August 9, 2011
Earlier this week the protestor who threw a shaving-cream pie at Rupert Murdoch was sentenced to six weeks in jail. Jonnie Marbles isn’t the first pie-thrower to face consequences in court.
On Westlaw.com, I ran the following search across state and federal cases to pick up other pie-throwing cases: thr*w! hit! strik! struck /s pie /100 assault battery tort disorderly abet! conspir!
The earliest pie-throwing case shows up in 1977, and is notable for the fact that it’s not the hurling of the pie which is at issue. In Goldfarb v. Baker, 547 S.W.2d 567, after a pie was thrown at a professor, the professor threw the student who he believed responsible out of the classroom, and the student brought a claim against the professor for “outrageous conduct.” The student’s case was dismissed.
In Geraci v. St. Xavier High School, 1978 WL 216591, the court found in favor of a private school after a student was expelled for his role in a pie-throwing conspiracy. In that case, the student induced a friend to throw the pie, although he later said that he didn’t think the friend would go through with it. The student’s conspiring role was enough, however, to find that he had violated the school’s code of conduct and thereby breached the contract with the school.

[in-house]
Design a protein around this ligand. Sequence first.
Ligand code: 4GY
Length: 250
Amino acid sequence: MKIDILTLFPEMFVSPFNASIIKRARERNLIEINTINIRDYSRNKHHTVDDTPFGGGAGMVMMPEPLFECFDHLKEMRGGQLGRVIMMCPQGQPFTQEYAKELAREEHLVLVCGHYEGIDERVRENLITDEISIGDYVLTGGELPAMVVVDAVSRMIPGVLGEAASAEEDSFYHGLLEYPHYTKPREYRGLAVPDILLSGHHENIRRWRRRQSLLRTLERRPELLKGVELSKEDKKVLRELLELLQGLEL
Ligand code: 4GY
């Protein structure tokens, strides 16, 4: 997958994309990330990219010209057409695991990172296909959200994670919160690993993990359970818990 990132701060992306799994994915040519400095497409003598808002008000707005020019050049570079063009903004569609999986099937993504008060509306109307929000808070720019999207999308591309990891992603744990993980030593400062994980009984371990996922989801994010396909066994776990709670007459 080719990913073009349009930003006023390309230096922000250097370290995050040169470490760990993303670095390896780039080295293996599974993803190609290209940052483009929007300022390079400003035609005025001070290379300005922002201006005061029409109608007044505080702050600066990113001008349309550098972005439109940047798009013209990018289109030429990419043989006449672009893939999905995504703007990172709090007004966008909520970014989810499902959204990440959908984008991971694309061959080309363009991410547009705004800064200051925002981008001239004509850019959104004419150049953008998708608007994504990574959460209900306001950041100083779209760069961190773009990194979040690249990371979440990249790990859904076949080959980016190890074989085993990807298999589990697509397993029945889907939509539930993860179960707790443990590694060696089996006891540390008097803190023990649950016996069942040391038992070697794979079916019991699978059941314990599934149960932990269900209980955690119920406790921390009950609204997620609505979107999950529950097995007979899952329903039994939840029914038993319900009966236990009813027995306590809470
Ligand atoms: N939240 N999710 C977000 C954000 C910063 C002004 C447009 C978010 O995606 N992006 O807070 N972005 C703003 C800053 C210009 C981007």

In another twist on the pie-throwing conspiracy, in State of Connecticut v. Diorio, 529 A.2d 1320, the court upheld a parent’s conviction for breach of the peace, for hiring a clown for her daughter’s junior-high graduation to throw a pie in the face of the dean of students. The clown later testified against the parent at trial.
And then there’s the political pie-throwing:
State of Ohio v. Conliff, 401 N.E.2d 469, concerns a fellow who was acquitted by a jury of assault after throwing a pie at the governor of Ohio. (Interestingly, that’s another case where the throwing of the pie was ancillary to the case; the issue on appeal was whether the pie-thrower was subject to criminal contempt for saying to the judge, off the record but in the course of the proceedings, “Are you ready for your ounce of flesh now, your Honor?”)
Another pie-thrower did not get off so lightly in State of Minnesota v. Greenberg, 2000 WL 781092. The court found sufficient evidence for convictions for intimidating a legislator and disorderly conduct, and that pushing a pie into someone’s face is not a form of constitutionally-protected speech.